• The thing that was most useful to me, was the remote monitoring of other computers. We have desktops in two locations in our home, plus two laptops. This means that computer-based schooling or activities can be happening in several rooms at once. LanSchool enabled me to keep an eye on my children's activities while I was working on my own computer, or from a room with my laptop. In cases where certain students might get distracted easily (and you know who you are!), this was a blessing, and helped us keep on task.
  • It was fun to send messages to Tex. I was sorry we couldn't get his return messaging capability to work, but I will be honest and say that not being techie, I was not too inclined to try to get it to work. I am sure if we had emailed, they would have resolved this issue.
  • I can see how this would really benefit families with several, or many, children simultaneously working on computers. It would allow the homeschooling parent to help them each from one computer, without running all over the house. It would also allow that parent to closely monitor Internet activity, even outside of school time, and that is a good thing.
  • Since we USUALLY work at the dining room table on laptops together (Tex and me) and my other children are too young to be affected by it (their computer use is limited to an OLD desktop and OLD educational cd roms), this program wasn't essential for us and we didn't give it a real work out. However, it was definitely COOL and I can certainly see how it would be very useful to the right individual.

Tex (enthusiastically techie, just like his dad) says:
  • It was neat when Dad or Mom would send me a message or do a poll. I would like having that be a regular thing. I would like to message them back. Maybe I will figure that part out, if we still get to use this program for the rest of the year.
  • It was funny when I snuck in and used my Mom's computer (the teacher-designated one) to blank my Dad's screen. He didn't think it was so funny, but Mom did.
  • I liked that if I found a neat video or website about our school work, I could tell my mom and show it to her without her having to leave what she was doing in the other room. (Mom says, "However, his enthusiasm for this feature was endless, and it was,'You gotta see this one, Mom!' over and over again! I guess that means it is pretty cool.")
  • We had fun showing all the kids an exploding volcano video on all of the computers at the same time. When they get older, this would be a good way to do some lessons.
  • I had my friends over and showed them one of my games on all the computers at the same time. Awesome!
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As you can see from the comments of my family and myself, we thought this program was pretty neat. It was a bit tough for me, the non-technical savvy parent to wrap my mind around (but I admit, since I am into blogging and website design, I am sure I could have picked it up if I had REALLY tried...it's just so easy to let the techie kids do the work!), but it had some very useful features that made it worth the effort to learn. For a parent who is not on the computer often and has only one child, it might not be useful. For a parent who uses their computer regularly, especially one who works on a computer from home in a room away from her/his students, this program could be an invaluable, time-saving, homeschool-experience altering tool. Also, it would be VERY good for a larger family, especially one that uses a computer-based curriculum or is spread out widely in a large space. Of course, mom might have to take up jogging to make up for all of the running around she will save herself, but then again, she will probably have the time to take up a new hobby...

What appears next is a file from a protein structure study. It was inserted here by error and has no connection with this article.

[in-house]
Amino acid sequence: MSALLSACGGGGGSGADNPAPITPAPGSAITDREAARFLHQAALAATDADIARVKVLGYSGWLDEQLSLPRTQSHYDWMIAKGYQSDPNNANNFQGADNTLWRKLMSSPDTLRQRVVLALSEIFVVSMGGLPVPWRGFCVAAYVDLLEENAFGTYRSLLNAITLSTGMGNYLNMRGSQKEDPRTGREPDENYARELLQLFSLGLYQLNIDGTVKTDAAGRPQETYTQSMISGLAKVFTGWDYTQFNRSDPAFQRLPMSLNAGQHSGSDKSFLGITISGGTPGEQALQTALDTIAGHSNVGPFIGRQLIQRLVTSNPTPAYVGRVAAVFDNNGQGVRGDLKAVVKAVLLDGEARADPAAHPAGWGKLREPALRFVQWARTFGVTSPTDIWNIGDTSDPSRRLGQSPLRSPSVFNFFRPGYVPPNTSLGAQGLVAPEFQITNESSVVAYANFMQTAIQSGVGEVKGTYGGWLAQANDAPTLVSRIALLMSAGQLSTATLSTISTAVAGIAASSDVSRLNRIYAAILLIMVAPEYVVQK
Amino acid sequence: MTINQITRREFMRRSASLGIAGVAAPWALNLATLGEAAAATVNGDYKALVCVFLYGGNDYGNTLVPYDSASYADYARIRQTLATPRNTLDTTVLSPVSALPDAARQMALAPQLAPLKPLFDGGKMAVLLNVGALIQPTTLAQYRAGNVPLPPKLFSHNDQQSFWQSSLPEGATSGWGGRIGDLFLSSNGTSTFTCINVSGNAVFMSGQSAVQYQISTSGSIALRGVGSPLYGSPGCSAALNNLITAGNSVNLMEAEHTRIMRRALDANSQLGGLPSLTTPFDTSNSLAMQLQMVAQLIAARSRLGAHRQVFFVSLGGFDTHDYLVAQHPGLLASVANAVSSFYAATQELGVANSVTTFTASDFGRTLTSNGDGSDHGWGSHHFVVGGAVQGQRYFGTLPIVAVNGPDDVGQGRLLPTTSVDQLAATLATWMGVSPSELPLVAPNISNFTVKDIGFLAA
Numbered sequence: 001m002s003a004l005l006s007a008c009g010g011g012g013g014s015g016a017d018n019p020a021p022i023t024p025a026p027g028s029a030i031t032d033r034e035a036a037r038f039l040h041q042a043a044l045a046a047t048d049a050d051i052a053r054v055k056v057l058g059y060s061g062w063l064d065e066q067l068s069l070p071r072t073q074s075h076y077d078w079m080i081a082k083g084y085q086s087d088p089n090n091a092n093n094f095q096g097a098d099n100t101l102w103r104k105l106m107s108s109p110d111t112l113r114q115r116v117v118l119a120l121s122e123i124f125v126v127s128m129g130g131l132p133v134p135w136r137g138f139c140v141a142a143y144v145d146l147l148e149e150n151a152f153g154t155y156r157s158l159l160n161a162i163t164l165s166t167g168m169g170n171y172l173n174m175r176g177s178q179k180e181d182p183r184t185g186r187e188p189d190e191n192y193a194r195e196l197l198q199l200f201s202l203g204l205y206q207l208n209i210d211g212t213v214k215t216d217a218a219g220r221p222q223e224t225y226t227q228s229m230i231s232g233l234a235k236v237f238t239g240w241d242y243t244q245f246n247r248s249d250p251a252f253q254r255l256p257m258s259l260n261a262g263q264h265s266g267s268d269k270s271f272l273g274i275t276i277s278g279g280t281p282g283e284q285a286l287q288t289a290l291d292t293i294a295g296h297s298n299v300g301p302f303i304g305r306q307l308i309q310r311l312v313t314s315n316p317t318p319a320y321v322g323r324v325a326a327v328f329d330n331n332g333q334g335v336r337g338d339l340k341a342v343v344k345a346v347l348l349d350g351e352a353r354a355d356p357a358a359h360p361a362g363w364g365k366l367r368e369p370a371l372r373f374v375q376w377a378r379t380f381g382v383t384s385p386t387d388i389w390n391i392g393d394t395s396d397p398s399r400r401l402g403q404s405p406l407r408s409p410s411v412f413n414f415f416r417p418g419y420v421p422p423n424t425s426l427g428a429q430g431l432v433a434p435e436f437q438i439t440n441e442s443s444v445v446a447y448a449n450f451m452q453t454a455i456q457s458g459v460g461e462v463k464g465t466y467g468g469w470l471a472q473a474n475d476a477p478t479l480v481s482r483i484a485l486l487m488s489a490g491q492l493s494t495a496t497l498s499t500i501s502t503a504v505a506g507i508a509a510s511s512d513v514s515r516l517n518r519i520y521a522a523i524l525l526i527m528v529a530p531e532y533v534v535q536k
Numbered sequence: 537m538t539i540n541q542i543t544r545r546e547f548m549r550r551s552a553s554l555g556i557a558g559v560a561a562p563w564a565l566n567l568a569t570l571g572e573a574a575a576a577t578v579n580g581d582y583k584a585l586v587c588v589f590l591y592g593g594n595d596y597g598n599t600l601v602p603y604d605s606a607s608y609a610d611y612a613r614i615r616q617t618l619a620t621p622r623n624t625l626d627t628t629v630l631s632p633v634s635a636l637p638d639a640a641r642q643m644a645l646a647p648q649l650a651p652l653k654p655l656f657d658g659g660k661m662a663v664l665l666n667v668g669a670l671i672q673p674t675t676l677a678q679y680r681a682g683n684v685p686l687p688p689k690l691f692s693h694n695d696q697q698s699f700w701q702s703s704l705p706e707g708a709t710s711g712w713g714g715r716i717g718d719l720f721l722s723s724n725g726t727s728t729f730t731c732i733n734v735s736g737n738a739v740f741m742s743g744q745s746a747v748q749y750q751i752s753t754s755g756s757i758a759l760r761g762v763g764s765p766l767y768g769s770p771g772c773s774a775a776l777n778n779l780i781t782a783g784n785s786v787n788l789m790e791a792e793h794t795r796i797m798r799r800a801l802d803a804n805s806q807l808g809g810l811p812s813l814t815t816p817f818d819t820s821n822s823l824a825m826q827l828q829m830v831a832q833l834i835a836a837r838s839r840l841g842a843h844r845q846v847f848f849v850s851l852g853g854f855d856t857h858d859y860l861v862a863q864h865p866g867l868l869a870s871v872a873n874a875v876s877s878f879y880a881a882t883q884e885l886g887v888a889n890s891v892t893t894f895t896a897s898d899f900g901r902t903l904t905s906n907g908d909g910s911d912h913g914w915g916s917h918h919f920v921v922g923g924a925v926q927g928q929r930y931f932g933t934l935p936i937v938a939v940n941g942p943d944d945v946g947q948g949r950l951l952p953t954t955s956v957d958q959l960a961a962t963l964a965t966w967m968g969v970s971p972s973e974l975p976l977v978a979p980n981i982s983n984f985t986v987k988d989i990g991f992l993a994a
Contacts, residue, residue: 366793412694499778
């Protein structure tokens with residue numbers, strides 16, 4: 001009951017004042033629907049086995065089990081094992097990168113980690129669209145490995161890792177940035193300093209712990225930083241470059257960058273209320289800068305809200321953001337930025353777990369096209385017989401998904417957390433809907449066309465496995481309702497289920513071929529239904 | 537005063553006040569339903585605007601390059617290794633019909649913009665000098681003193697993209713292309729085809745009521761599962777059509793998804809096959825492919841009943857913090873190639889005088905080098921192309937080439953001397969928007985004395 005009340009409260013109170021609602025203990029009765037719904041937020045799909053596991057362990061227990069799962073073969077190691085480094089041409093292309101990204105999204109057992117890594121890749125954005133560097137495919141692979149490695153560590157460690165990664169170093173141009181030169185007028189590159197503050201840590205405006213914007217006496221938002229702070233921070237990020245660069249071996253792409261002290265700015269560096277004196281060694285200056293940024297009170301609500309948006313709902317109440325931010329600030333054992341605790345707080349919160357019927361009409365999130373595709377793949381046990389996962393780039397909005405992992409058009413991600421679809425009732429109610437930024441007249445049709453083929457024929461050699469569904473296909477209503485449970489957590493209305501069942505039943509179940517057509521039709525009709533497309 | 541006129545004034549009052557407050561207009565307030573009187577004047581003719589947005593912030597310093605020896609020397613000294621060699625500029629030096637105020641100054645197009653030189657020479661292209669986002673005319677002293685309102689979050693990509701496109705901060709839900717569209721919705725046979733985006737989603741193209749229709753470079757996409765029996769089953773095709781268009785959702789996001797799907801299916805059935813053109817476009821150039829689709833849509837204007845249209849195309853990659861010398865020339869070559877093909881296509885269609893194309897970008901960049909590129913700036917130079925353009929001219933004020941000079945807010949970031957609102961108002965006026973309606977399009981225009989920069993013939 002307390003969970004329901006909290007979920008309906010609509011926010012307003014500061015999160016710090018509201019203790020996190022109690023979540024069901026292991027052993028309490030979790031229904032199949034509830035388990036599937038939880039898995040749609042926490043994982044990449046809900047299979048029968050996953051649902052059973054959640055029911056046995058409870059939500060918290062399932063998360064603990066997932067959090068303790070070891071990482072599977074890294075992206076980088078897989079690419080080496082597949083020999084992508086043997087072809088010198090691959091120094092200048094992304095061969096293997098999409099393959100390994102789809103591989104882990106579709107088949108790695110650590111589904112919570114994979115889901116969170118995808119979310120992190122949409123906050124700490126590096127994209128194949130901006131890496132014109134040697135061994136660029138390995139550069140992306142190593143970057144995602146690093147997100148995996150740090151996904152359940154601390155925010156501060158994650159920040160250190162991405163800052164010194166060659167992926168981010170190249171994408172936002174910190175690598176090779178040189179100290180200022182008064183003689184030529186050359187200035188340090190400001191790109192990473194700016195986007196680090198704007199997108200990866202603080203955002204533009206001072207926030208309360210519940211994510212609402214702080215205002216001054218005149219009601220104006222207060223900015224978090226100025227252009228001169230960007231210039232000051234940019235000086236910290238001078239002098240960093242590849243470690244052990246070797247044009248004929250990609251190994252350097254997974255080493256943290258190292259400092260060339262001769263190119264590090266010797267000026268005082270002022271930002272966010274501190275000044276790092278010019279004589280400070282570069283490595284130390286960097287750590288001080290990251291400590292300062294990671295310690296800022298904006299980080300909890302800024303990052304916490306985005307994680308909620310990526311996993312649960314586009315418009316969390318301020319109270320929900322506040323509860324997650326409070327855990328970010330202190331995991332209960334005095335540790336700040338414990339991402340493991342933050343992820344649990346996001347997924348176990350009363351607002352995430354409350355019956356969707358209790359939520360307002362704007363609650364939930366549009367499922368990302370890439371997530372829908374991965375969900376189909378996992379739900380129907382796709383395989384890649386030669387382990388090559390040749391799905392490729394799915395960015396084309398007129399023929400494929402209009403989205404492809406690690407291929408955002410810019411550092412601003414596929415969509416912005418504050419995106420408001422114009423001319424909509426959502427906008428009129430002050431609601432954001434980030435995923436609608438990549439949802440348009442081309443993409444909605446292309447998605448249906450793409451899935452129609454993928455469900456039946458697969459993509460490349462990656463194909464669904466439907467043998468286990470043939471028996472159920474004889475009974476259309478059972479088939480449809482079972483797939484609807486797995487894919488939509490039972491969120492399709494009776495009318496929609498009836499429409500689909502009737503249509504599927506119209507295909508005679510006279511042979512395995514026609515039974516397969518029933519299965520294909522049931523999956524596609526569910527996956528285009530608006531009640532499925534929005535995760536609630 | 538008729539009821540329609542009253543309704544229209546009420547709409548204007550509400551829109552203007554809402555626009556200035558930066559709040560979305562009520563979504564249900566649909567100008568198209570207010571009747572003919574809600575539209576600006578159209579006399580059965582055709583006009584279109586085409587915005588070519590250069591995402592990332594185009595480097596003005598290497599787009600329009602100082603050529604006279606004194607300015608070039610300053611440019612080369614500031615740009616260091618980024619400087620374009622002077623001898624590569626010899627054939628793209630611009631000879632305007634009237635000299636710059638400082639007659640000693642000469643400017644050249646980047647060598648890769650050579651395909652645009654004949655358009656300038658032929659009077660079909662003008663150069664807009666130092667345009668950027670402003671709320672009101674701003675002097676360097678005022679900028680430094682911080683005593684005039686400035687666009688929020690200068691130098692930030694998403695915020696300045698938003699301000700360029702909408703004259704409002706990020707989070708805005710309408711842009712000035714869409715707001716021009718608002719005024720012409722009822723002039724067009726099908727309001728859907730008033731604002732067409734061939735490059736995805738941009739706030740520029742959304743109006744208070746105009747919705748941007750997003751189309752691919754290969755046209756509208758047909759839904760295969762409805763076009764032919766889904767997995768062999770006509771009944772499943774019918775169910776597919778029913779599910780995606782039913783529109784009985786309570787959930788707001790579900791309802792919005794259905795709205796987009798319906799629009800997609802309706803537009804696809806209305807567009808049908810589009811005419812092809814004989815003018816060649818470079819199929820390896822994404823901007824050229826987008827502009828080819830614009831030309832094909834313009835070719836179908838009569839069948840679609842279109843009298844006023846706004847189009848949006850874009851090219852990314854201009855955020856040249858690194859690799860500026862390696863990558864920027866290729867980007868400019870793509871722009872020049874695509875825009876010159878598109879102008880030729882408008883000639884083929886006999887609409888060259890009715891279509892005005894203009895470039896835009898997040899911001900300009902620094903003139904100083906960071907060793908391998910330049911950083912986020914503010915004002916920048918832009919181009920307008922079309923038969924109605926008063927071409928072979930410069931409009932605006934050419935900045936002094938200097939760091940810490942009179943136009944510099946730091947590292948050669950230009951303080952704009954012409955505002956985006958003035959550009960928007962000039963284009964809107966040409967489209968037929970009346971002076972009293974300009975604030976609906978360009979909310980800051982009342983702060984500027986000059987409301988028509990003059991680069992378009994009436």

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If you are interested in learning more about LanSchool, check out their web site HERE.
To take a guided tour of Lanschool, click HERE.
To see what other Crew members thought about this program, check HERE.
A subscription to Lanschool for home use costs $99.  The home use product is a perpetual license, and includes 3 years of updates and support.  There is another option for those homes that need up to 10 computers.  It costs $299 and includes the same feature set.
 
I received a free trial of Lanschool for the purposes of giving this product an honest review. I have attempted to be as objective as possible in my review, based on our experiences. If you have questions about anything I said, please feel free to comment or contact me.
 
Blessings to you,
 
Heather
 

4 comments:

Our Village is a Little Different said...

I loved the input from your husband and son! This really is a neat product, and I know I'll be very grateful for it when my boys are older and need to use the computer more often. They already know so much about computers, and they barely spend any time online!

Julie said...

Wonderful review Heather! I like the way you including several different viewpoints. And love the Chick-fil-A part lol. ;)

Vickie said...

Great post! I loved the comments from Tex.

Elinette said...

That was a very good review. Detailed and helpful. :)